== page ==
Tuesday, November 18, 2014

Aiming for Agreement, GOP May Turn to What's Cooking in the Lab

America COMPETES Act Reauthorization  (Credit: aera.net) Click to enlarge.
Science and technology research issues could gain prominence under a Republican-controlled Congress as the GOP and President Obama look for an early demonstration of productivity and bipartisanship -- especially one associated with the economy and jobs.

Obama and Majority Leader-in-waiting Mitch McConnell (R-Ky.) have both said they will respond to voters' desire for legislative action, but that could prove difficult on high-profile issues such as immigration or even the Keystone XL pipeline. Science research and development could provide a political and policy path forward relatively free of controversy and partisanship.

"In science and research, that is one where again it is not as high visibility but it is one that both parties really want to continue to push," said Patrick Von Bargen, former chief of staff to former Senate Energy and Natural Resources Chairman Jeff Bingaman (D-N.M.). "Most members of Congress have universities in their districts, and this is important to them."

The main policy action on science and energy R&D is found in annual appropriations and in a comprehensive education and research and development bill known as COMPETES, which expired in September 2013.  Efforts to reauthorize the bipartisan bill first passed under former President George W. Bush have stalled in large part over program funding authorization levels, although stakeholders say those differences could likely be reconciled if leadership makes the bill a priority -- the issue's lower profile proving both an advantage and a handicap.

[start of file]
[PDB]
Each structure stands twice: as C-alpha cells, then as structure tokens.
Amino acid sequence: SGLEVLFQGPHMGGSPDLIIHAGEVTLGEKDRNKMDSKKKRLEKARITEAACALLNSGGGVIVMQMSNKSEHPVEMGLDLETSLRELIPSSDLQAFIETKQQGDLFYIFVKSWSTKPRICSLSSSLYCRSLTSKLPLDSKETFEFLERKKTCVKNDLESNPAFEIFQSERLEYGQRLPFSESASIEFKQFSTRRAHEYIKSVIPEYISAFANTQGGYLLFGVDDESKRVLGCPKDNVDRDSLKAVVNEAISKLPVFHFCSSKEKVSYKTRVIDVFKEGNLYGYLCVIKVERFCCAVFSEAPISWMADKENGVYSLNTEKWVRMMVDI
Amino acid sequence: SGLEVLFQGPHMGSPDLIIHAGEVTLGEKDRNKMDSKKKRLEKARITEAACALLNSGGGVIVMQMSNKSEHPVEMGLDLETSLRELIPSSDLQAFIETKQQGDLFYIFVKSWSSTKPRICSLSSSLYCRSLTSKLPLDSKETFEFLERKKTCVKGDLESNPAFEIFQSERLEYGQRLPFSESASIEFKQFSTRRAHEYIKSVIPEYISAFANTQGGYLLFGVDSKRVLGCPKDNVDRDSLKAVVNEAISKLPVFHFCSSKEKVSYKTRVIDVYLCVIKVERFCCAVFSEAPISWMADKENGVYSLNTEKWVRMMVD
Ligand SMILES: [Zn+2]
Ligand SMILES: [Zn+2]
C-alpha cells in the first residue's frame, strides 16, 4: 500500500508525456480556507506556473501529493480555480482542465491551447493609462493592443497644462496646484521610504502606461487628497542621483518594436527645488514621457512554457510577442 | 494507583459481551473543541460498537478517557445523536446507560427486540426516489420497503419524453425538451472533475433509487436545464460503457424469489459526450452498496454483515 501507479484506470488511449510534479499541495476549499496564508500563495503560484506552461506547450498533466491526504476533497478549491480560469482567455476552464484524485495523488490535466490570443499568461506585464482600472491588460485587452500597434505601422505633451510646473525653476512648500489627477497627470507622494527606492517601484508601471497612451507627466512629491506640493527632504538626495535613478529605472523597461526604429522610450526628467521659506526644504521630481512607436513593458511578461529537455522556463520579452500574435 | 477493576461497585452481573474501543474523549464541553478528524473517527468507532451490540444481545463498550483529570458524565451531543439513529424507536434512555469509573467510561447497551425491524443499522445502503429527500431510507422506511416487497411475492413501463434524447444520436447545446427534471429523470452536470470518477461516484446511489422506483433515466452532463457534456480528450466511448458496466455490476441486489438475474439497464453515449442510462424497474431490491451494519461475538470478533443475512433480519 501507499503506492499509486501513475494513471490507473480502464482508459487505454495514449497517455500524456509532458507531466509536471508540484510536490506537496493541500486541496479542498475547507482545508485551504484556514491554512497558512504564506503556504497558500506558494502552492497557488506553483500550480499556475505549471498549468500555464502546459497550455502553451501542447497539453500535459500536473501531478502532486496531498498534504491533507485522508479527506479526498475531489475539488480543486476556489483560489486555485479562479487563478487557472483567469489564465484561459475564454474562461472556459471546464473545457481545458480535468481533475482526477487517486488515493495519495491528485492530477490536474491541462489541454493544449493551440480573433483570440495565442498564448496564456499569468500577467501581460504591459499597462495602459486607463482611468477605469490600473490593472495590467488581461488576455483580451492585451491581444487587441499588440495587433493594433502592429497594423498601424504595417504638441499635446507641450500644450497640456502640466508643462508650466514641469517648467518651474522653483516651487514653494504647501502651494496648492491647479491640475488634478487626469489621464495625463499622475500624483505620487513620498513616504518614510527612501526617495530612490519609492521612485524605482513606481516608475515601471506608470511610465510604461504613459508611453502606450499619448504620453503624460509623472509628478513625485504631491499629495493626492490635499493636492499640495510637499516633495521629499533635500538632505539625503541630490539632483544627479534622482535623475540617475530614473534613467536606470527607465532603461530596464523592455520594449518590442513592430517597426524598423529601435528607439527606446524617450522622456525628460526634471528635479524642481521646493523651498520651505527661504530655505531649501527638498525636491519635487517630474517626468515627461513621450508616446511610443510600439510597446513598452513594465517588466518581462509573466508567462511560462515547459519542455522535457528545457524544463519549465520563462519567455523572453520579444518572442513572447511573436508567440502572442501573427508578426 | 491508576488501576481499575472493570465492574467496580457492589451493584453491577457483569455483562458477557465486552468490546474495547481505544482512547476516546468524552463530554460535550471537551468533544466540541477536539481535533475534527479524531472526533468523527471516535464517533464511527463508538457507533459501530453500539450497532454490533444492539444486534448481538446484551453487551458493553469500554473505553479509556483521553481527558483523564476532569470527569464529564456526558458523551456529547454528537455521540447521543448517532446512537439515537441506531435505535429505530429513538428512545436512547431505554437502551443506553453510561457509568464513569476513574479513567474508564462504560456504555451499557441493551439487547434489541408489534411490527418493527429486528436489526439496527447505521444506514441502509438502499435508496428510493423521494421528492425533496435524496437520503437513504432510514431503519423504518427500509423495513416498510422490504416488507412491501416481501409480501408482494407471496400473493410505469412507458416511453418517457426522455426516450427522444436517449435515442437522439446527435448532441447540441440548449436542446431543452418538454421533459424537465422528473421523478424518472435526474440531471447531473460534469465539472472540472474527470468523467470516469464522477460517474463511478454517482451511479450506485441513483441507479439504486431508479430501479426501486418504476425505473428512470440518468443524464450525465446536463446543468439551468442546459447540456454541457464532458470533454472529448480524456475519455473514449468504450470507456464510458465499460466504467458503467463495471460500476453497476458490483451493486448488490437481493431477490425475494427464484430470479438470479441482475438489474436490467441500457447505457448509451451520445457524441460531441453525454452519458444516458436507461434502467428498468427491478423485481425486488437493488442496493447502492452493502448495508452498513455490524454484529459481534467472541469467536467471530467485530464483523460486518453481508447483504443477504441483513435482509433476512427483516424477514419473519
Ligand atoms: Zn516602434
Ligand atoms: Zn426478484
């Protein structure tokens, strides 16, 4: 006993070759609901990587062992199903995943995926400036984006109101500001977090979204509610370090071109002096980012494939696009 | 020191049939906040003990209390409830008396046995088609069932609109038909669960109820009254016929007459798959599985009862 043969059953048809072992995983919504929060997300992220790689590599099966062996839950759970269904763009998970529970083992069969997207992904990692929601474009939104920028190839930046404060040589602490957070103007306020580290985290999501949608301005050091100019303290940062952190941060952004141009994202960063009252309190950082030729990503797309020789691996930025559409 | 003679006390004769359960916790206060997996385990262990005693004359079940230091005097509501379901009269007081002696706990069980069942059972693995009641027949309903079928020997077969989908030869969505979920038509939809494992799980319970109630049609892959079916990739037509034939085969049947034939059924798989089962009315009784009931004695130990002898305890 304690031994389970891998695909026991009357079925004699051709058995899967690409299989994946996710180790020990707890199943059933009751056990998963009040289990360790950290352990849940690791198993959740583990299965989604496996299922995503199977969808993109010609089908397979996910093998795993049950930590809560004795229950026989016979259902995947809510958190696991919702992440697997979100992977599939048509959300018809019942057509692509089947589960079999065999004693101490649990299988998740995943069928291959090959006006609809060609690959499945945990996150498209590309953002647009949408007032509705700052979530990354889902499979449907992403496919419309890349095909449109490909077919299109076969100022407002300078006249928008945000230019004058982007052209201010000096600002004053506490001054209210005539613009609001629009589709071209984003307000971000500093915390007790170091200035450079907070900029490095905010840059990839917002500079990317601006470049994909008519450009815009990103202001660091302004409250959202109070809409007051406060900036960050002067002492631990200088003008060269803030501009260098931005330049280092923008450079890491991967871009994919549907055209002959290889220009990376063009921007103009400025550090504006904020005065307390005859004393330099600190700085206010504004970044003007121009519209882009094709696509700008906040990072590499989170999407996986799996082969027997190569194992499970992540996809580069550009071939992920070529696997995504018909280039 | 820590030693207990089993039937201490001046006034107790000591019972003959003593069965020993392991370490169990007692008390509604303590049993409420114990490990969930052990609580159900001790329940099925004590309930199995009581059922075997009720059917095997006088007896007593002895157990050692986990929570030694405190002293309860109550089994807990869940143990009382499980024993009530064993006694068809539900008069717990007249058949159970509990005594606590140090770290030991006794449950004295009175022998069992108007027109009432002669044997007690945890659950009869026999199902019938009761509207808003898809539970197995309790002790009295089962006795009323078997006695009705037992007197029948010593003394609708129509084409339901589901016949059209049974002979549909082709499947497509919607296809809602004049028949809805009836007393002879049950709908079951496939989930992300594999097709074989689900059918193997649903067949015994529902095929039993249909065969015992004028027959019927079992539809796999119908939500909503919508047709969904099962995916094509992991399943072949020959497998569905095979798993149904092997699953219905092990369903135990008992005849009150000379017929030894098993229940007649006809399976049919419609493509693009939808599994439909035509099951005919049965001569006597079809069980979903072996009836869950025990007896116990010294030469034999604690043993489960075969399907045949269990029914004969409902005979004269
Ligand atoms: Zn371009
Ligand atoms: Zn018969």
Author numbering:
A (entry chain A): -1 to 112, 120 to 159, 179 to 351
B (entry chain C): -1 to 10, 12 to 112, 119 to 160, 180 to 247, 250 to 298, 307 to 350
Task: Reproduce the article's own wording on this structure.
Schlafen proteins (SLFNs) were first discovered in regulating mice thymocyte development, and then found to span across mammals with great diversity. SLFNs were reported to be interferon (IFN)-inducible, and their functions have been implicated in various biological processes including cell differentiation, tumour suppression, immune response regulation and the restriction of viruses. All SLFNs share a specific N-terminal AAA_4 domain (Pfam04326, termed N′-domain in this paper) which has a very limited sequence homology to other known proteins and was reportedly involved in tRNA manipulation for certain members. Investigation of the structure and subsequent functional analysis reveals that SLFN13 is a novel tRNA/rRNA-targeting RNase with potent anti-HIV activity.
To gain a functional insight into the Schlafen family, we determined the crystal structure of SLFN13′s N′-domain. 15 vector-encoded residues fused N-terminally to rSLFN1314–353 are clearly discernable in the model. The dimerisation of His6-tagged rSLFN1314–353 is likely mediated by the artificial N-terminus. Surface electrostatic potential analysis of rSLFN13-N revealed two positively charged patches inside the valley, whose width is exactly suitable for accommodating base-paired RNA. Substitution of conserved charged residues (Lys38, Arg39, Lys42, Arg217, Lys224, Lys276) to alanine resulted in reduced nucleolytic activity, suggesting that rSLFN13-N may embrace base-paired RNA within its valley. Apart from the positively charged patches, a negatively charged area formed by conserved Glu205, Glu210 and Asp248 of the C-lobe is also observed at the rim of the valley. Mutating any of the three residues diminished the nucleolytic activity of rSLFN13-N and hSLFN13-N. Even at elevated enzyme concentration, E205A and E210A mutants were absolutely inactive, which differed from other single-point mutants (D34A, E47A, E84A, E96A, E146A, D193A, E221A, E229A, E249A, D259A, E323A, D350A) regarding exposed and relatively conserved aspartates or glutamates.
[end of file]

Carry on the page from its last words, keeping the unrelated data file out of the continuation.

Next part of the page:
While nondefense, discretionary spending has been lower overall in the past few years, science R&D funding is faring better in comparison to other programs, according to Matt Hourihan, R&D budget director at the American Association for the Advancement of Science.
Within science and energy programs, there are issues that may be more vulnerable to attacks and funding cuts under a Republican-controlled Congress, especially social and climate science, as well as technology development and demonstration. Recent House appropriation bills have drastically downsized funding for the Energy Department's Energy Efficiency and Renewable Energy Office, which negotiations with the Democratic-controlled Senate have then restored.

That dynamic could change with Republicans in charge of the upper chamber, although a significant decrease in clean energy spending may be an issue Democrats would be willing to filibuster -- or even draw a veto threat from Obama, who has made climate change and energy a key part of his second term, Von Bargen said. GOP members of the Senate Energy and Water Appropriations Subcommittee have also previously been more moderate on clean energy funding.
It is a crucial time for U.S. science leadership, experts said.  The National Academy of Sciences, business leaders and other experts have warned that U.S. economic competitiveness is slipping dangerously and will continue to do so without better science R&D funding and education.

Read More at Aiming for Agreement, GOP May Turn to What's Cooking in the Lab

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